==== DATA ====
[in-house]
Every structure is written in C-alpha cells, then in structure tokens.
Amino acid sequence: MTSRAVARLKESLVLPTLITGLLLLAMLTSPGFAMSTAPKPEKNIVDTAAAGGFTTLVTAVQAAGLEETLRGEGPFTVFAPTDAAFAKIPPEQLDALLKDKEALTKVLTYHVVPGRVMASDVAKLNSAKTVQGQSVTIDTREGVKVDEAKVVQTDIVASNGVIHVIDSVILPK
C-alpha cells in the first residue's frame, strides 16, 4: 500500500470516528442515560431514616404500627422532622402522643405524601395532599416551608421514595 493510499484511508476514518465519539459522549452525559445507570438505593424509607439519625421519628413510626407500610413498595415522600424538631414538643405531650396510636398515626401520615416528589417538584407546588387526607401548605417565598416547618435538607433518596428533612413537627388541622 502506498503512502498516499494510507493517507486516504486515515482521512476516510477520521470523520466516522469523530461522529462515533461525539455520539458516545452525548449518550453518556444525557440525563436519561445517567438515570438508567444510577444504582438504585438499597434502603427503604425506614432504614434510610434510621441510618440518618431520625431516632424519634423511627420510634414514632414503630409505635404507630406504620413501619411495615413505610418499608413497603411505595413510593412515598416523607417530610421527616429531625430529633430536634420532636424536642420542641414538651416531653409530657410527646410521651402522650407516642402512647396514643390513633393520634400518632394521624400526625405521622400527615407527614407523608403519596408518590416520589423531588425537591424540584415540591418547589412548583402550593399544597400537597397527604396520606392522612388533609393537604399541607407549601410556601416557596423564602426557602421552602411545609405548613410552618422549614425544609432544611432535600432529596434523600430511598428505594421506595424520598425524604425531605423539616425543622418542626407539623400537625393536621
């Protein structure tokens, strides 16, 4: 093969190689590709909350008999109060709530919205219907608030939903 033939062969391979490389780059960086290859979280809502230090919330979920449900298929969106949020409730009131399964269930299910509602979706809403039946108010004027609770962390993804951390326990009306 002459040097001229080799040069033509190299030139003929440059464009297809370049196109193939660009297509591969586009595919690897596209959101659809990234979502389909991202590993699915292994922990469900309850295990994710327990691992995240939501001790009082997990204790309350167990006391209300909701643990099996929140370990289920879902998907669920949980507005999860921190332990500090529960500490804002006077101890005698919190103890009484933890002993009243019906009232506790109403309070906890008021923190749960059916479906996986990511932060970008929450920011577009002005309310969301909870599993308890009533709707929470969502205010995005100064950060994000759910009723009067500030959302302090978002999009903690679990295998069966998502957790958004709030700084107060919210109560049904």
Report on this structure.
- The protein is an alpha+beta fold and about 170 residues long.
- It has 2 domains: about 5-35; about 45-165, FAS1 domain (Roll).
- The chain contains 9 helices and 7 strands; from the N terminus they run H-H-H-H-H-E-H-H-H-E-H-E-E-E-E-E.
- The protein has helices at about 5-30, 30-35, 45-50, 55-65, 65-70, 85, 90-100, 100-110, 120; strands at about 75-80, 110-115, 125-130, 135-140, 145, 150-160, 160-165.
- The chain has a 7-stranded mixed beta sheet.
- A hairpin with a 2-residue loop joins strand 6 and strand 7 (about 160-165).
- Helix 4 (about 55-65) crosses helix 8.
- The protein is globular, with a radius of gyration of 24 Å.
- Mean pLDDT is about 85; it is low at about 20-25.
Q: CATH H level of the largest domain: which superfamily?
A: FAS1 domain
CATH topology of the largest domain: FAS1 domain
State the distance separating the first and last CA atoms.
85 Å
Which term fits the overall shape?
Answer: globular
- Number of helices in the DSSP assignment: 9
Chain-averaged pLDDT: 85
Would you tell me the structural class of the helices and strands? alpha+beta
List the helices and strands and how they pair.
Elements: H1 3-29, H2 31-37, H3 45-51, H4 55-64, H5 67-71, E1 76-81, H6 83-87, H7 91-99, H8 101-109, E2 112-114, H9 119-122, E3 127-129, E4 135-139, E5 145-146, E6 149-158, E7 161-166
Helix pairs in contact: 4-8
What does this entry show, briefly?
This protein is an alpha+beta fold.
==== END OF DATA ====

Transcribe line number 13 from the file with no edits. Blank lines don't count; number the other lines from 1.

- Helix 4 (about 55-65) crosses helix 8.